If sometimes at work you feel like a lab rat, you can thank B.F. Skinner for giving you a reason to compare yourself to one. Organizations apply the direct results of lab rat experimentation in workplaces every day through operant conditioning. Skinner proved he could train or condition rats to press a lever to get rewarded with stimuli such as food or to not press the lever in order to avoid an expected punishment. Similar forms of operant conditioning are useful in the workplace to reward jobs well done and stop bad behaviors.
Organizations can use positive reinforcement to condition the brain by rewarding positive or desired behaviors. This type of operant conditioning at work is common, most often in the form of raises, bonuses, promotions and other forms of awards or recognition that directly relate to a job well done. Getting a reward for good performance at work is highly motivating, prompting most people to continue to perform well because they want to do a good job in the hope or expectation that more rewards will be forthcoming.
While positive reinforcement involves rewards that give you something you like, negative reinforcement involves rewards that remove something you don't like. Most people don’t like to be micromanaged. If you can prove that you consistently do your job well, and your manager steps away to allow you to do it without putting you under a microscope, you can consider that a form of negative reinforcement. You’ve earned a reward because you have more freedom in your work.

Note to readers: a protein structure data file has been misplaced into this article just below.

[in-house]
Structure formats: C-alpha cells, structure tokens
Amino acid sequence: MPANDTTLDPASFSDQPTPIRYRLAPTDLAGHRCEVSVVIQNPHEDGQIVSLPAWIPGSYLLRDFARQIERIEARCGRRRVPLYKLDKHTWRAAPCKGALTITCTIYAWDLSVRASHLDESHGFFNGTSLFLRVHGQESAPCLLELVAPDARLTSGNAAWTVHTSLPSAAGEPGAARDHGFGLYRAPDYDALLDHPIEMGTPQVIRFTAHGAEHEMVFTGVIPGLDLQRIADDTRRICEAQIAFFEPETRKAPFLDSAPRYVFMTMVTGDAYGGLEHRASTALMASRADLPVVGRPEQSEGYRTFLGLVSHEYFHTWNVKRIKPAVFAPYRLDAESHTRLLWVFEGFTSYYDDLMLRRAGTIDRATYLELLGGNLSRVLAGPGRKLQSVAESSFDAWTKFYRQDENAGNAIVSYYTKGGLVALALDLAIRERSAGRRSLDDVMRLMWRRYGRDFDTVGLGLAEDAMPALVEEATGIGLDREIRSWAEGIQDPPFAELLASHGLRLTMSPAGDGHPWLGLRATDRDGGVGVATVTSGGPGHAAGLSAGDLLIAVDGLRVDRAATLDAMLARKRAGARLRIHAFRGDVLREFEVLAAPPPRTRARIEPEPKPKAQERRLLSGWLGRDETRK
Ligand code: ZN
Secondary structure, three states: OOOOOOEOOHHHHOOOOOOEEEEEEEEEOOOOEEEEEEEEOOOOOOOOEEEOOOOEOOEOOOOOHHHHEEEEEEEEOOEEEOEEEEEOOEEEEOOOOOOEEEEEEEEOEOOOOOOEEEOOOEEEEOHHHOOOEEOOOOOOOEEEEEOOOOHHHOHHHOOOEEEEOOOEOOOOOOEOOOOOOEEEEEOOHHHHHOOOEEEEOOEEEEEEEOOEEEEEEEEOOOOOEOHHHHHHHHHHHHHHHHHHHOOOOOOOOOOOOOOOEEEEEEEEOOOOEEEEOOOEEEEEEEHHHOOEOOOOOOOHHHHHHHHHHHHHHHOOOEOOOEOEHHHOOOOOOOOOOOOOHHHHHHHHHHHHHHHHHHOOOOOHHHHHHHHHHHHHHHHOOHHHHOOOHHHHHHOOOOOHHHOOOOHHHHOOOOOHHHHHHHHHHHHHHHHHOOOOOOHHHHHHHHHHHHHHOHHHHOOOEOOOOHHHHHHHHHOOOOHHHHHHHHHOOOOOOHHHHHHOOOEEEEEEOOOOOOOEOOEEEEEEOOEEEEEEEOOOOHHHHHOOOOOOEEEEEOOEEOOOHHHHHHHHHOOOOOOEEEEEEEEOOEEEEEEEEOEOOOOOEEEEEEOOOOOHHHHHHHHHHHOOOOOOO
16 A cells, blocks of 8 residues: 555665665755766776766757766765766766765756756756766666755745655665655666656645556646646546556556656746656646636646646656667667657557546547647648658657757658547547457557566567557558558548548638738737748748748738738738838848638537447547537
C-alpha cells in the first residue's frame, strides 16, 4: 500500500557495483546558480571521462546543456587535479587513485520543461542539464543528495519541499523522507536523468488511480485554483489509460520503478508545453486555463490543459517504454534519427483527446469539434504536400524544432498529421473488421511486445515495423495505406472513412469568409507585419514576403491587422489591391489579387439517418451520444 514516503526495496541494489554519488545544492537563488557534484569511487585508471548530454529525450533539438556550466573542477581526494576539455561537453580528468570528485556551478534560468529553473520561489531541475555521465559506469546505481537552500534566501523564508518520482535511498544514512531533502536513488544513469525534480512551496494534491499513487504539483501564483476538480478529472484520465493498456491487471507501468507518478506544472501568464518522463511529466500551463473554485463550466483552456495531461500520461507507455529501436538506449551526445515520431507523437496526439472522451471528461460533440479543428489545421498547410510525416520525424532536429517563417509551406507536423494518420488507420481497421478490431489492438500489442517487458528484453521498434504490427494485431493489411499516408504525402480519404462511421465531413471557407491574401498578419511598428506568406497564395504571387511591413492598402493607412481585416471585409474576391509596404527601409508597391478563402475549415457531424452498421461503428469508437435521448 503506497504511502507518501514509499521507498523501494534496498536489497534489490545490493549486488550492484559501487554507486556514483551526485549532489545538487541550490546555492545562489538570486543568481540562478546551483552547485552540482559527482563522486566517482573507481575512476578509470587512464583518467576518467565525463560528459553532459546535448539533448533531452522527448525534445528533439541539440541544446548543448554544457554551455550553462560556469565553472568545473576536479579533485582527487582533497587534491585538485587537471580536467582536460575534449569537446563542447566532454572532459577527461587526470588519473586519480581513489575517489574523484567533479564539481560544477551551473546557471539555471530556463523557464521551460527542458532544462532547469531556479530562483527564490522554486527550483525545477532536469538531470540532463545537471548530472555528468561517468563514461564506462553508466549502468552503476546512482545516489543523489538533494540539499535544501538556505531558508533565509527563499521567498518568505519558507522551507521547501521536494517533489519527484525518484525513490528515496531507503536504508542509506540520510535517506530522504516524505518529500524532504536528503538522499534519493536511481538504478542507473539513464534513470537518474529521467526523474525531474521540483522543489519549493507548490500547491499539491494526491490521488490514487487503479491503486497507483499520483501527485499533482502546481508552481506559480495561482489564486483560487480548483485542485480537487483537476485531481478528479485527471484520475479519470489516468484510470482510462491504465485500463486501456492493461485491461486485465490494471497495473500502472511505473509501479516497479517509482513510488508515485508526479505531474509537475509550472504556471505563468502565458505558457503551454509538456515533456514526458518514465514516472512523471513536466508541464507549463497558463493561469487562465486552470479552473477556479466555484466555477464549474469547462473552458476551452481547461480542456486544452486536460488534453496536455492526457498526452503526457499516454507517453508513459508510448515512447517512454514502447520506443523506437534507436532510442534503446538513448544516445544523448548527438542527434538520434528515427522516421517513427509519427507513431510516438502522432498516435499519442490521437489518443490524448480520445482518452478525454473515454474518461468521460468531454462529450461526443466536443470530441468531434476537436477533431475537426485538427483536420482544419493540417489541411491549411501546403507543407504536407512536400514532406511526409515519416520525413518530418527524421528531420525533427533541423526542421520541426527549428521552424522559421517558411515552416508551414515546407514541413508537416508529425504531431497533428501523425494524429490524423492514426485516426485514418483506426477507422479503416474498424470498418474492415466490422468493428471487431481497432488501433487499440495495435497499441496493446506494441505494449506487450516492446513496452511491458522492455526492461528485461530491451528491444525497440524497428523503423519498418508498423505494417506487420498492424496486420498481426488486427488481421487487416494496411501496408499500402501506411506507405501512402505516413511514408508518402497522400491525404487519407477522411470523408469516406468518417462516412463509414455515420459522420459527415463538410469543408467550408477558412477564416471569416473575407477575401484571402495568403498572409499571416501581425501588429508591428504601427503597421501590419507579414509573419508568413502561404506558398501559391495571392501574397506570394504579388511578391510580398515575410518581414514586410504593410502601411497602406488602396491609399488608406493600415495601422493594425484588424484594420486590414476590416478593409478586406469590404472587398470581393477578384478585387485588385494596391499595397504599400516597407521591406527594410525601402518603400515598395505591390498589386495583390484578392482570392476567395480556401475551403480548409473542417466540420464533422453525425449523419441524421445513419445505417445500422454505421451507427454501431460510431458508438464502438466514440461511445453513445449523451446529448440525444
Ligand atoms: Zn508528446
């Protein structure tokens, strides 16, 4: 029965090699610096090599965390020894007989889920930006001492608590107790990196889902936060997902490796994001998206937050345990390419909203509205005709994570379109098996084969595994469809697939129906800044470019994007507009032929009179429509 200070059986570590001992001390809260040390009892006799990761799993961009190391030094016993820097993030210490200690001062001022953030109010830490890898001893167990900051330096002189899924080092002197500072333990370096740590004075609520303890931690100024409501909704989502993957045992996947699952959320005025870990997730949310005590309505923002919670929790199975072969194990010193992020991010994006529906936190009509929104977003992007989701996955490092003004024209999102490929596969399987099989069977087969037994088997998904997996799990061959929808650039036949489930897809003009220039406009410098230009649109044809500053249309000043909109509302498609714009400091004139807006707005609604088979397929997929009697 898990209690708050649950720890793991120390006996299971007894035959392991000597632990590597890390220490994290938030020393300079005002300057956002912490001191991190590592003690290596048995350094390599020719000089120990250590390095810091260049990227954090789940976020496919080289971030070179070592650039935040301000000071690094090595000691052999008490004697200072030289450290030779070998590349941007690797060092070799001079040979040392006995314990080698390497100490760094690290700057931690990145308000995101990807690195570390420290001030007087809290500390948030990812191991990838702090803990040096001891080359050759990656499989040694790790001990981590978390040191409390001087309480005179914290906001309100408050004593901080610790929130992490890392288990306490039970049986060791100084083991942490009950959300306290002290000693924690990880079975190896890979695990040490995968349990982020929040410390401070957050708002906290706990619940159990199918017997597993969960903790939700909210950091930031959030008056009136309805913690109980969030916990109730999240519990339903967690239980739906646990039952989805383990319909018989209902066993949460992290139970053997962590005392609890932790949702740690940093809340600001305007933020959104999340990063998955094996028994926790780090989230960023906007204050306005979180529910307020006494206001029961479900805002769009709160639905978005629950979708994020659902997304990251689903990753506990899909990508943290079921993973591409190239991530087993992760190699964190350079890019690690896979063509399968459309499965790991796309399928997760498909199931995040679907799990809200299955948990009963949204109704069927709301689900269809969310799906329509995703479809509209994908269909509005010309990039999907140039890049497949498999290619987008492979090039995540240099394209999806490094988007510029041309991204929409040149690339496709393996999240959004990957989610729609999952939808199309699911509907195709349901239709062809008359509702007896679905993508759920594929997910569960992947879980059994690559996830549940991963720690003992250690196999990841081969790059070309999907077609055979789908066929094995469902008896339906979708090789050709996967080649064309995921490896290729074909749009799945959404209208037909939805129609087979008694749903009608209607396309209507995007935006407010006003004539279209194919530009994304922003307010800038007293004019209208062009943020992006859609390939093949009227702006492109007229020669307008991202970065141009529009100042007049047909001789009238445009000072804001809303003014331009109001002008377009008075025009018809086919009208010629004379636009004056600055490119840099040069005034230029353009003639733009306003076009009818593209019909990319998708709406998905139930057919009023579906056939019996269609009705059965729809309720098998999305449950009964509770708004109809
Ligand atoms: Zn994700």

While reinforcement rewards desired behaviors, punishment aims to stop undesirable behaviors. With positive punishment, you get something you don’t want when you do something your boss doesn’t want you to do. Punishment is most effective when it occurs immediately after the undesired behavior. The most common and most effective form of positive punishment at work is a verbal scolding. Being told your bad behavior is on your boss’s radar is probably going to make you stop doing it. Getting fired might top the list of the most undesirable punishments, but since it won’t condition you to perform better at that company, it’s not an effective form of operant workplace conditioning.
Negative punishment is the direct opposite of negative reinforcement. With negative reinforcement, when you perform appropriately, your boss takes away something you don’t want. In the case of negative punishment, however, when you perform inappropriately, your boss takes away something you do want. Examples of negative punishment include everything from losing a special parking space to missing out on an anticipated promotion.
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